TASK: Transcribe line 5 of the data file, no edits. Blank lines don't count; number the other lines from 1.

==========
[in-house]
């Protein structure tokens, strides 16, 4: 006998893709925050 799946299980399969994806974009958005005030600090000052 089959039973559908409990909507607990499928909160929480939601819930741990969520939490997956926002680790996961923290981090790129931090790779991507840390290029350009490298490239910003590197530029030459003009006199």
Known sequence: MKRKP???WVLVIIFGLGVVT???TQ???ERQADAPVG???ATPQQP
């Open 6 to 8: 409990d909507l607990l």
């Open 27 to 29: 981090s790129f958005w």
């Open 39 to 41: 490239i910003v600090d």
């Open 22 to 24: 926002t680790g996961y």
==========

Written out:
């Open 27 to 29: 981090s790129f958005w």